Leading national-religious rabbi: Rabbis who harass the Chief Rabbinate have 'din rodef'

“Din rodef” is a concept in Jewish law which allows for the killing of an individual who intends to kill or harm others.

August 30, 2015 16:04
3 minute read.
Rabbi Shlomo Aviner

Rabbi Shlomo Aviner. (photo credit: Wikimedia Commons)


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Rabbi Shlomo Aviner, an influential figure in the conservative wing of the national-religious community, wrote in response to a question submitted to him that anyone who quarrels or harasses the Chief Rabbinate has the status of din rodef.

Din rodef is a concept in Jewish law that stipulates that if an individual is chasing after another person with the intention to kill them, it is permitted for any other person to kill the individual threatening to commit murder.

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The concept has broader applications as well, and has been used to define people who endanger not only individuals but the Jewish community as a whole.

Infamously, several extremist rabbis decreed that Yitzhak Rabin had the status of din rodef before he was assassinated and their pronunciations and the perceived incitement was seen as one of the causative factors in the former prime minister’s slaying.

Aviner has a question and answer column in the popular weekly Shabbat pamphlet Olam Katan.

In last week’s pamphlet, Aviner was asked, “How should one relate to a rabbi who harasses the Chief Rabbinate?” The rabbi responded “Very severely. Rabbi Avraham Shapira said that such a person has ‘din rodef’ against the Jewish people.”

Shapira was one of the leading lights of the national- religious community and a former chief rabbi from 1983 to 1993.


The initial question would appear to be a reference to the fierce controversy in the national-religious community at the moment over the establishment of a new network of conversion courts by several mainstream national- religious rabbis.

Although this conversion has support of senior leaders of the community, other rabbis, including Aviner, have strongly denounced the courts for undermining the central authority of the Chief Rabbinate and potentially causing a division in the Jewish people between those who accept the new conversions and those who do not.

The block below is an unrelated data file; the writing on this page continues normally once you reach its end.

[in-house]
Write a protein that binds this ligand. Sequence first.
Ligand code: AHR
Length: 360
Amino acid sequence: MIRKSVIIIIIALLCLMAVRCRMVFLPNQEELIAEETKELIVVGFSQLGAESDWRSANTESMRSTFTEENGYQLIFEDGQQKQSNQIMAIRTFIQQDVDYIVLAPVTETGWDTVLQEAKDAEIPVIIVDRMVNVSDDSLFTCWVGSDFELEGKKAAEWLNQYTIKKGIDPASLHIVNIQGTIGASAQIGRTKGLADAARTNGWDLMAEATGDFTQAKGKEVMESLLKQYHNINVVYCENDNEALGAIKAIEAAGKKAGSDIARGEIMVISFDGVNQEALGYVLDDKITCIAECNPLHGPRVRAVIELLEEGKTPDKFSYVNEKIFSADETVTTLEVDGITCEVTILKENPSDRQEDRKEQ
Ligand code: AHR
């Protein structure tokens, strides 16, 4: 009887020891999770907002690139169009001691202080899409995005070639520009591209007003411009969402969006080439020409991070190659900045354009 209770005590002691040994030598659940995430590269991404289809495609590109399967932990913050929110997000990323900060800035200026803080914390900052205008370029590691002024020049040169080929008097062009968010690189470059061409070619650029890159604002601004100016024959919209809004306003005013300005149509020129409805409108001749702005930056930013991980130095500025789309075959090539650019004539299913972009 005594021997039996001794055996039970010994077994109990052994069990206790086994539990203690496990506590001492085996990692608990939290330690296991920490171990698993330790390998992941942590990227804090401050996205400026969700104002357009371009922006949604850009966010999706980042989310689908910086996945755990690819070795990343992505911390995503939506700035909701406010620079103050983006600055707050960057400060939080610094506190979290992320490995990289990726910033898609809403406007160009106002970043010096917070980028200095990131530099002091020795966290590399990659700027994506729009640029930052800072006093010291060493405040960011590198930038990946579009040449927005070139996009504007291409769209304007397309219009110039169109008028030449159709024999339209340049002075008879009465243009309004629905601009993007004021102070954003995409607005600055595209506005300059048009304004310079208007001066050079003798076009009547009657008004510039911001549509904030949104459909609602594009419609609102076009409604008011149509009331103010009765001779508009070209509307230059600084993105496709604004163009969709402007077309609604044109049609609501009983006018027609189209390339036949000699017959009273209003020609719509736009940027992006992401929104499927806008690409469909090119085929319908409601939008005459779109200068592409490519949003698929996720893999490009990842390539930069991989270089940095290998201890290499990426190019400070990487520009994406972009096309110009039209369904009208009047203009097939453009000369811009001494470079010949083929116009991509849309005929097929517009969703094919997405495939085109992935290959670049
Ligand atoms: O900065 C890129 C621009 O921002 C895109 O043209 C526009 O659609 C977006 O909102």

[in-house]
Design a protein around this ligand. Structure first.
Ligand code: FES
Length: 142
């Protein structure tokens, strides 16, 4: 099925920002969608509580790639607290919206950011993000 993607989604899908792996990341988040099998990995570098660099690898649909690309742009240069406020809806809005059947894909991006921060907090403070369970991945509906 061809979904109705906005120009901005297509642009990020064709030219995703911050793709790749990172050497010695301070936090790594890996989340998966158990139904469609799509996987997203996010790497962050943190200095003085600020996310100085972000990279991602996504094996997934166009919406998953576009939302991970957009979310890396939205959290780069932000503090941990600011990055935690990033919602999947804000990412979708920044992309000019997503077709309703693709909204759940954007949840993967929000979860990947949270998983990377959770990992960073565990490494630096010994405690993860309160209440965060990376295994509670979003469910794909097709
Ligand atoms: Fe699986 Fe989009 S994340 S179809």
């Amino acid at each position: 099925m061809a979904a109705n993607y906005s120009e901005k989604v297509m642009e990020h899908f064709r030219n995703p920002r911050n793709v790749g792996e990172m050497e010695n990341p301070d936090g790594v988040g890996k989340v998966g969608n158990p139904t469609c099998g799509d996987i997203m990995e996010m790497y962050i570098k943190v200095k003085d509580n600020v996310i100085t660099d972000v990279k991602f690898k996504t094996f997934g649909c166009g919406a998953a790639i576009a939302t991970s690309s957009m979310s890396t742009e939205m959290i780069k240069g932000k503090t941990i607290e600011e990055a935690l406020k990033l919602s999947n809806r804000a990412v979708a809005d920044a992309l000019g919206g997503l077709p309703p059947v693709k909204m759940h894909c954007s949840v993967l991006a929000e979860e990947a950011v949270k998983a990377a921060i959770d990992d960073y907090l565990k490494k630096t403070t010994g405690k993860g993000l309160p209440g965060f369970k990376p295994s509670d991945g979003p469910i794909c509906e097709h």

Aviner himself has argued that the conversion courts would divide the Jewish people and that people should “shout out against it unto the Heavens.”

Speaking to The Jerusalem Post, Aviner denied that he had meant that rabbis who “harass” or go against the Chief Rabbinate should be killed.

“Anyone who makes that interpretation should either be put on trial for incitement to murder or evaluated psychiatrically as mentally ill and institutionalized,” the rabbi said.

Asked what he had meant by his answer, Aviner said, “Just like there is one prime minister and one military chief of staff, so too there can only be one Chief Rabbinate.”

Although partially describing what his interpretation of “harassing the Chief Rabbinate” was, the rabbi would not be drawn on what the practical implications of defining such people with the status of din rodef meant.

Speaking to the Post, Rabbi David Stav, chairman of the Tzohar rabbinical association and one of the founders of the new conversion system, described Aviner’s comments as “outrageous,” saying he had never heard of a rabbi calling someone else a “rodef” because he had a different opinion on a matter of Jewish law.

“There is only one interpretation of the words ‘din rodef’ but it is clear to me Rabbi Aviner did not mean to permit [someone] to kill, but this is precisely the outrage, the contempt in the use of words.

“We’ve had ‘taking a D9 Bulldozer to the Supreme Court and now ‘din rodef.’ “Even if someone were to think that we should close the Chief Rabbinate, and this is not my position although it is the opinion of many, do they have the status of ‘din rodef?’” Stav asked.

He also said Aviner was misleading the public in his opposition to the new conversion system.

“It is incorrect to claim there is only one conversion system in Israel, this is a lie, the haredi community does not recognize the conversion of the Rabbinate. It is not clear if Shamai recognized the conversions of Hillel,” Stav noted in reference to the two famous schools of Talmudic thought.

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